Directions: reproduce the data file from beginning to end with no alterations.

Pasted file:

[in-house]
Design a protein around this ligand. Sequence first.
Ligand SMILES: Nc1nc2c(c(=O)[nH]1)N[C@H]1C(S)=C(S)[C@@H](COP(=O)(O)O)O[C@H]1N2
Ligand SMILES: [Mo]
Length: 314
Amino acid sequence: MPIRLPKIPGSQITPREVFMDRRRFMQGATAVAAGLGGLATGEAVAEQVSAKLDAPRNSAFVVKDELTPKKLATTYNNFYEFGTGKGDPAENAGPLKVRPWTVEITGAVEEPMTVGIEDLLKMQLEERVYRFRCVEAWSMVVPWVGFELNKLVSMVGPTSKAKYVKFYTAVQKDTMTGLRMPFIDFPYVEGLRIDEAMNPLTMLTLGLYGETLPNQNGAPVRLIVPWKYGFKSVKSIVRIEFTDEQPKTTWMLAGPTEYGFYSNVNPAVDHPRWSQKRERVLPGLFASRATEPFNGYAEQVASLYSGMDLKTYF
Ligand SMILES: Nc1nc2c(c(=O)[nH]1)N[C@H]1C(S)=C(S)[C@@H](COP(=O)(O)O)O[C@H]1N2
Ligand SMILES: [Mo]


[in-house]
Design a protein around this ligand. Sequence first.
Ligand SMILES: Nc1nc2c(c(=O)[nH]1)N[C@H]1C(S)=C(S)[C@@H](COP(=O)(O)O)O[C@H]1N2
Ligand SMILES: [Mo]
Length: 314
Amino acid sequence: MPIRLPKIPGSQITPREVFMDRRRFMQGATAVAAGLGGLATGEAVAEQVSAKLDAPRNSAFVVKDELTPKKLATTYNNFYEFGTGKGDPAENAGPLKVRPWTVEITGAVEEPMTVGIEDLLKMQLEERVYRFRCVEAWSMVVPWVGFELNKLVSMVGPTSKAKYVKFYTAVQKDTMTGLRMPFIDFPYVEGLRIDEAMNPLTMLTLGLYGETLPNQNGAPVRLIVPWKYGFKSVKSIVRIEFTDEQPKTTWMLAGPTEYGFYSNVNPAVDHPRWSQKRERVLPGLFASRATEPFNGYAEQVASLYSGMDLKTYF
Ligand SMILES: Nc1nc2c(c(=O)[nH]1)N[C@H]1C(S)=C(S)[C@@H](COP(=O)(O)O)O[C@H]1N2
Ligand SMILES: [Mo]